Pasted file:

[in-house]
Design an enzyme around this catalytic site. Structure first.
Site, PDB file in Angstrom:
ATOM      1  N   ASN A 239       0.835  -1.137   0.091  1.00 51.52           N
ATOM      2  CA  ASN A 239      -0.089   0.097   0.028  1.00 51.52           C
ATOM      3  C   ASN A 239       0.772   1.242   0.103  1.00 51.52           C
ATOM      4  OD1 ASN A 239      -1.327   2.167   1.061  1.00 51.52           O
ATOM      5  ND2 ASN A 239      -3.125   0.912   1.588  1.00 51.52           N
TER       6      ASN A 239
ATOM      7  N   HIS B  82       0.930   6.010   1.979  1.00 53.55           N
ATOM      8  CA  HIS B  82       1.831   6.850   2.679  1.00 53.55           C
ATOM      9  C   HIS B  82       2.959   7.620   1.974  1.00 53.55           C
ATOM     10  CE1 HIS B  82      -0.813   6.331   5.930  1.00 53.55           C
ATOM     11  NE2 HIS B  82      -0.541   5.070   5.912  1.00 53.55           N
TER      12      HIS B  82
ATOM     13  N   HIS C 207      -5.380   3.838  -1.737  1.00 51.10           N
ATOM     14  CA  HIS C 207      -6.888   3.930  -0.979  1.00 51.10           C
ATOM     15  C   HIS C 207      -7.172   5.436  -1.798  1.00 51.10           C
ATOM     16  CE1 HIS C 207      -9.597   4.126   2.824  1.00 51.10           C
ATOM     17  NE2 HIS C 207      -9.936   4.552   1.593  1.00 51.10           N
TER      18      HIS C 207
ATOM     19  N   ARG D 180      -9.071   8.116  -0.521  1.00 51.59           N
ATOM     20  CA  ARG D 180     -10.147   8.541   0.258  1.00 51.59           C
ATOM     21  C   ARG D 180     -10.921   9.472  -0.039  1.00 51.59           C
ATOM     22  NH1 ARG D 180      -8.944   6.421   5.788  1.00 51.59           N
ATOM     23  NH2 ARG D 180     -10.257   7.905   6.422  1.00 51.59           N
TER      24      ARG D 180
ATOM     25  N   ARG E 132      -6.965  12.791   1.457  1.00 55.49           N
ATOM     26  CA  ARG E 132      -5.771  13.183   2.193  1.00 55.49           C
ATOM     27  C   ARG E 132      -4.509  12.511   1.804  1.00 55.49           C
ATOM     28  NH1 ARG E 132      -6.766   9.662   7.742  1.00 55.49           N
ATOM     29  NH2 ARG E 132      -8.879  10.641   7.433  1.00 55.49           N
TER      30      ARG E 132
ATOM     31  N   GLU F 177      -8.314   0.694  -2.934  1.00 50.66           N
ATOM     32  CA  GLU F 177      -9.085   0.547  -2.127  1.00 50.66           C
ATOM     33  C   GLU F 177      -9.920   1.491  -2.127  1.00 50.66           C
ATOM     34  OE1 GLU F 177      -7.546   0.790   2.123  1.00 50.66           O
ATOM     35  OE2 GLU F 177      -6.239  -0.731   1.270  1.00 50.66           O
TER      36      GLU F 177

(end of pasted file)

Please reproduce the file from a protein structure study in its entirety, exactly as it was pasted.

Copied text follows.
[in-house]
Design an enzyme around this catalytic site. Structure first.
Site, PDB file in Angstrom:
ATOM      1  N   ASN A 239       0.835  -1.137   0.091  1.00 51.52           N
ATOM      2  CA  ASN A 239      -0.089   0.097   0.028  1.00 51.52           C
ATOM      3  C   ASN A 239       0.772   1.242   0.103  1.00 51.52           C
ATOM      4  OD1 ASN A 239      -1.327   2.167   1.061  1.00 51.52           O
ATOM      5  ND2 ASN A 239      -3.125   0.912   1.588  1.00 51.52           N
TER       6      ASN A 239
ATOM      7  N   HIS B  82       0.930   6.010   1.979  1.00 53.55           N
ATOM      8  CA  HIS B  82       1.831   6.850   2.679  1.00 53.55           C
ATOM      9  C   HIS B  82       2.959   7.620   1.974  1.00 53.55           C
ATOM     10  CE1 HIS B  82      -0.813   6.331   5.930  1.00 53.55           C
ATOM     11  NE2 HIS B  82      -0.541   5.070   5.912  1.00 53.55           N
TER      12      HIS B  82
ATOM     13  N   HIS C 207      -5.380   3.838  -1.737  1.00 51.10           N
ATOM     14  CA  HIS C 207      -6.888   3.930  -0.979  1.00 51.10           C
ATOM     15  C   HIS C 207      -7.172   5.436  -1.798  1.00 51.10           C
ATOM     16  CE1 HIS C 207      -9.597   4.126   2.824  1.00 51.10           C
ATOM     17  NE2 HIS C 207      -9.936   4.552   1.593  1.00 51.10           N
TER      18      HIS C 207
ATOM     19  N   ARG D 180      -9.071   8.116  -0.521  1.00 51.59           N
ATOM     20  CA  ARG D 180     -10.147   8.541   0.258  1.00 51.59           C
ATOM     21  C   ARG D 180     -10.921   9.472  -0.039  1.00 51.59           C
ATOM     22  NH1 ARG D 180      -8.944   6.421   5.788  1.00 51.59           N
ATOM     23  NH2 ARG D 180     -10.257   7.905   6.422  1.00 51.59           N
TER      24      ARG D 180
ATOM     25  N   ARG E 132      -6.965  12.791   1.457  1.00 55.49           N
ATOM     26  CA  ARG E 132      -5.771  13.183   2.193  1.00 55.49           C
ATOM     27  C   ARG E 132      -4.509  12.511   1.804  1.00 55.49           C
ATOM     28  NH1 ARG E 132      -6.766   9.662   7.742  1.00 55.49           N
ATOM     29  NH2 ARG E 132      -8.879  10.641   7.433  1.00 55.49           N
TER      30      ARG E 132
ATOM     31  N   GLU F 177      -8.314   0.694  -2.934  1.00 50.66           N
ATOM     32  CA  GLU F 177      -9.085   0.547  -2.127  1.00 50.66           C
ATOM     33  C   GLU F 177      -9.920   1.491  -2.127  1.00 50.66           C
ATOM     34  OE1 GLU F 177      -7.546   0.790   2.123  1.00 50.66           O
ATOM     35  OE2 GLU F 177      -6.239  -0.731   1.270  1.00 50.66           O
TER      36      GLU F 177